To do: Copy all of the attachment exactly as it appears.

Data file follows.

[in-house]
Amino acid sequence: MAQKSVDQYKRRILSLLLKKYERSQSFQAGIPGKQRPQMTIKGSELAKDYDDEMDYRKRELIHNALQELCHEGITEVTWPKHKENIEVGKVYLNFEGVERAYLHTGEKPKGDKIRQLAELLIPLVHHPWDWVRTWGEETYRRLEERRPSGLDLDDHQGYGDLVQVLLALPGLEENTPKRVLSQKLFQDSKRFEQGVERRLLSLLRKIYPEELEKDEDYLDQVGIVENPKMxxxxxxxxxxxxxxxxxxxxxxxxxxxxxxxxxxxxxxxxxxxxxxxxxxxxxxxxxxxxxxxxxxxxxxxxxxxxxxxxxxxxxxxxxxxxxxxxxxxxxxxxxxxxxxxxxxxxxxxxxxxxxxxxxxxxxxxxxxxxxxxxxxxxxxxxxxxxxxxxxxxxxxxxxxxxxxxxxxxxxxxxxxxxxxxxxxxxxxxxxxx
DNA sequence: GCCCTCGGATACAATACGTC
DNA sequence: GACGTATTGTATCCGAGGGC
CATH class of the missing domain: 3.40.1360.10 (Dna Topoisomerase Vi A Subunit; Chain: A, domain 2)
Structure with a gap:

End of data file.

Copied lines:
[in-house]
Amino acid sequence: MAQKSVDQYKRRILSLLLKKYERSQSFQAGIPGKQRPQMTIKGSELAKDYDDEMDYRKRELIHNALQELCHEGITEVTWPKHKENIEVGKVYLNFEGVERAYLHTGEKPKGDKIRQLAELLIPLVHHPWDWVRTWGEETYRRLEERRPSGLDLDDHQGYGDLVQVLLALPGLEENTPKRVLSQKLFQDSKRFEQGVERRLLSLLRKIYPEELEKDEDYLDQVGIVENPKMxxxxxxxxxxxxxxxxxxxxxxxxxxxxxxxxxxxxxxxxxxxxxxxxxxxxxxxxxxxxxxxxxxxxxxxxxxxxxxxxxxxxxxxxxxxxxxxxxxxxxxxxxxxxxxxxxxxxxxxxxxxxxxxxxxxxxxxxxxxxxxxxxxxxxxxxxxxxxxxxxxxxxxxxxxxxxxxxxxxxxxxxxxxxxxxxxxxxxxxxxxx
DNA sequence: GCCCTCGGATACAATACGTC
DNA sequence: GACGTATTGTATCCGAGGGC
CATH class of the missing domain: 3.40.1360.10 (Dna Topoisomerase Vi A Subunit; Chain: A, domain 2)
Structure with a gap: